Mr Ray Geary

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Senior Lecturer

Contact details
Email address
Telephone Direct Line (+44) 028 9097 3864
Room 28.204, 28 University Square

LLB (Hons), University of Strathclyde
LLM, University of Glasgow


Ray Geary graduated from the University of Strathclyde in 1974. In 1977 he was admitted as a solicitor to the Law Society of Glasgow. In 1980 he was awarded the degree of LLM at the University of Glasgow. He was appointed to the post of Lecturer at Queen's University Belfast in 1979 and became a Senior Lecturer in 1996.



  • Law and Culture
  • Welfare Law
  • Clinical Law
  • Criminology
  • Medical Law and Ethics


Medical Law, Criminology, Law and Culture.

Selected Publications

Crime, Community and Locale (2000, with David O'Mahony, Kieran McEvoy and John Morison) Aldershot: Ashgate.

"From Operational Strategy to Serving the Customer: Technology and Ethics in Welfare Law" (with Philip Leith) (2001) 15 International Journal of Law, Computers & Technology 213

" 'Born Pious, Literary and Legal': Lord Coleridge's Criticisms in Law and Literature" in Freeman and Lewis (eds), Law and Literature: Current Legal Issues Volume 2 (1999 Oxford: Oxford University Press) 463

"The Unpardonable Sin" in Morison and Bell (eds), Tall Stories? Reading Law and Literature (1996 Aldershot, Dartmouth) 83

"The Mysteries Novels of the 19th Century and the Troubles "Thriller" (with John Morison) in Greer, Dawson and Ingram (eds), 150 Years of Irish Law (1996 Dublin, Roundhall) 105

"Crime, Conflict and Counting" (with John Morison) (1989) 28 The Howard Journal of Criminal Justice 9

Law and Literature
Current Legal Issues Volume 2


Edited by Michael Freeman and Andrew Lewis

  • Second volume in the series whose sister publication Current Legal Problems is very well known and highly regarded
  • Interdisciplinary with a wide range of material covering law, history, literature, and philosophy
  • Lively case-studies that are international in breadth
  • The most comprehensive collection on law and literature in Britain
Law and Literature , the second volume in the Current Legal Issues series, is a comprehensive and provocative treatment of an exciting new area that will stimulate and enlighten anyone interested in law as it appears in literature. Future volumes will include such subjects such as law and medicine and law and religion.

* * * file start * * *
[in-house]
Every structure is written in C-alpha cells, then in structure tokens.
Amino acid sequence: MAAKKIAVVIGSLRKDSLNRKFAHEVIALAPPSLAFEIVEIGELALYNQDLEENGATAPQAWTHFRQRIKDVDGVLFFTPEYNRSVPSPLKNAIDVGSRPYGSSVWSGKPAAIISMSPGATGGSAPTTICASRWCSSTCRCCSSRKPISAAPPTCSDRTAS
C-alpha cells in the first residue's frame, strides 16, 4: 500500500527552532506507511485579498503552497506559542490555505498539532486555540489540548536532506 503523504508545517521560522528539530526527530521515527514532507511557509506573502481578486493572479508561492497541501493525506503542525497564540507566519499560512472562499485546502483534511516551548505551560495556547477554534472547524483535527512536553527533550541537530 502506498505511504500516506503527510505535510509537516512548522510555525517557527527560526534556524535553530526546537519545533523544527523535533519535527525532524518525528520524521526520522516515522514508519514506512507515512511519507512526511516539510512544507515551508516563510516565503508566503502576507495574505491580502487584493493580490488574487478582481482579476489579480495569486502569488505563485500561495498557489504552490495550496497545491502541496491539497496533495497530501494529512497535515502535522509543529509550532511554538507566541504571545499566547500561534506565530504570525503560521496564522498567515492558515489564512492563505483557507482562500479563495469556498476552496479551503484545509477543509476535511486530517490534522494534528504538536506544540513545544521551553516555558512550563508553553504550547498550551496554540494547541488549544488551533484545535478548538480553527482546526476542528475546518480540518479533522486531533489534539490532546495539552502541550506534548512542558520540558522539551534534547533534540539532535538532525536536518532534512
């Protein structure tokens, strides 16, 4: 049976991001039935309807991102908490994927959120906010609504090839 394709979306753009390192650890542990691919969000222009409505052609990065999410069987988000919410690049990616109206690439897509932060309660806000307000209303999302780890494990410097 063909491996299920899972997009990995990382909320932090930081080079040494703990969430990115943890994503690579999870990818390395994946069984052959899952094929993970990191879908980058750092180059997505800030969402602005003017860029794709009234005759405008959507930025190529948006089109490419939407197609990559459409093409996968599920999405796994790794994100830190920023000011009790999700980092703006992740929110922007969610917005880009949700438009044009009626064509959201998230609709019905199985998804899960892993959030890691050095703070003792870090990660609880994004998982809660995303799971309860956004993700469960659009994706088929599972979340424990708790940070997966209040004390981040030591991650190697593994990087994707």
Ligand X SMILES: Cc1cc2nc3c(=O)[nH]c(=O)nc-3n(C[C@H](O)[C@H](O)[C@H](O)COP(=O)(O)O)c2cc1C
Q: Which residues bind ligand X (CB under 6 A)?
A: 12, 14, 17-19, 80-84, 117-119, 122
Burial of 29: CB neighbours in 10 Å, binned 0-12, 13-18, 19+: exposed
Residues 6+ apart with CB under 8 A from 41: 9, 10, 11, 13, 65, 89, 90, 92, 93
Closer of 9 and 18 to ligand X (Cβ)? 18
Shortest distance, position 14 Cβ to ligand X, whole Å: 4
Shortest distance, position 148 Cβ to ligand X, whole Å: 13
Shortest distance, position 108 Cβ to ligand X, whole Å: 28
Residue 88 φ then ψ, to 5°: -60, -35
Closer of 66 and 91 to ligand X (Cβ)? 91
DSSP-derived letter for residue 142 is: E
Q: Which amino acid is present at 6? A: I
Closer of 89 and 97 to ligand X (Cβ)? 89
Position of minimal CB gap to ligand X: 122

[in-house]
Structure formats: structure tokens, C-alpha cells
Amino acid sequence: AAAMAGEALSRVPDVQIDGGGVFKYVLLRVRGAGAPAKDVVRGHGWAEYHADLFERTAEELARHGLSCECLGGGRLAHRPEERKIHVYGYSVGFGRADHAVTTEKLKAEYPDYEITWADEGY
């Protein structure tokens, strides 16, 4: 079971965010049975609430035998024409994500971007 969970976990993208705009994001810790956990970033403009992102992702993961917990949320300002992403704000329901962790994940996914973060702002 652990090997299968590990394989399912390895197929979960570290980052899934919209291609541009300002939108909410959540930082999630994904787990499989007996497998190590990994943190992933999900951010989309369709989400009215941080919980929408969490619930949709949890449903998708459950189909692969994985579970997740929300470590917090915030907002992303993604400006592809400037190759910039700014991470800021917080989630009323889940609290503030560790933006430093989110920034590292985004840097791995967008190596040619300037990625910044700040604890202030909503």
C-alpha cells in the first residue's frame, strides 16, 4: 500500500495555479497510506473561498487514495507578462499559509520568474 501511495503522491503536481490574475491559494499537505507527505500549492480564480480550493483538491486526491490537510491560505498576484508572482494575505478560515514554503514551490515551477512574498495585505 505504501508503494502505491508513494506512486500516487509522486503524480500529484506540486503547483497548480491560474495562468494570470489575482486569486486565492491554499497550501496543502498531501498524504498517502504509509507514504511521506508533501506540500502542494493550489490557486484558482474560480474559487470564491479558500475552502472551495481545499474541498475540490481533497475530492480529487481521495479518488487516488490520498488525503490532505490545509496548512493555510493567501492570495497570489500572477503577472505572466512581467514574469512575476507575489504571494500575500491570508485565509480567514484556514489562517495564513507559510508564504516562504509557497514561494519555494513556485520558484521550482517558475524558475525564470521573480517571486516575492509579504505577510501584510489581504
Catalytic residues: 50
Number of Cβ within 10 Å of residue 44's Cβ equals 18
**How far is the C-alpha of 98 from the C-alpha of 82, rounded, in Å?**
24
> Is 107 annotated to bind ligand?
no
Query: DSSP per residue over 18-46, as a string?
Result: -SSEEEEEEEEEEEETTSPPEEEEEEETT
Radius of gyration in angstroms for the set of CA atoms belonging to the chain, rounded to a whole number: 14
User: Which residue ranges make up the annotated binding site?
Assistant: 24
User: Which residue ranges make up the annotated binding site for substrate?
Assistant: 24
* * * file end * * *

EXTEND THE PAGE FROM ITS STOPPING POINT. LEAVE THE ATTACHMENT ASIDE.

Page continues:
Law is literature but it also appears frequently in literature. The trial itself has features in common with literature, and law and literature both require interpretation. Literature may be constrained by the law and the law of defamation or blasphemy as, for example, the Salman Rushdie affair so vividly illustrates. All of these wide-ranging topics of relating law to literature are explored in this state of the art volume written by leading thinkers from both sides of the Atlantic.

Texts analysed range from drama to novels to film and musical performance and interpretation to the Bible. Trials dissected include the Eichmann and M'Naughten cases and treason and witchcraft trials.

The range of subjects includes legal ethics, punishment, responsibility, colonialism, violence, and feminism.

Readership: This book will be of general interest to all Law academics and students. It will be of especial interest to scholars concerned with the relationship of Law and Literature, philosophers, historians, and critics of literature and literacy.

Editor's Preface , Michael Freeman
Introduction , Anthony Julius
Writing and Reading in Philosophy, Law, and Poetry , James Boyd White
Interdisciplinary Legal Scholarship as Guilty Pleasure: The Case of Law and Literature , Jane B. Baron
Literature's Twenty-Year Crossing into the Domain of Law: Continuing Trespass or Right of Adverse Possession , Richard H. Weisberg
The Law-as-Literature Trope , Guyora Binder
Per(versions) of Law in Literature , Tony Sharpe
Shakespeare, the Native Community, and the Legal Imagination , Ian Ward
Ibsen and the Inscription of Blame in Law , John Stanton-Ife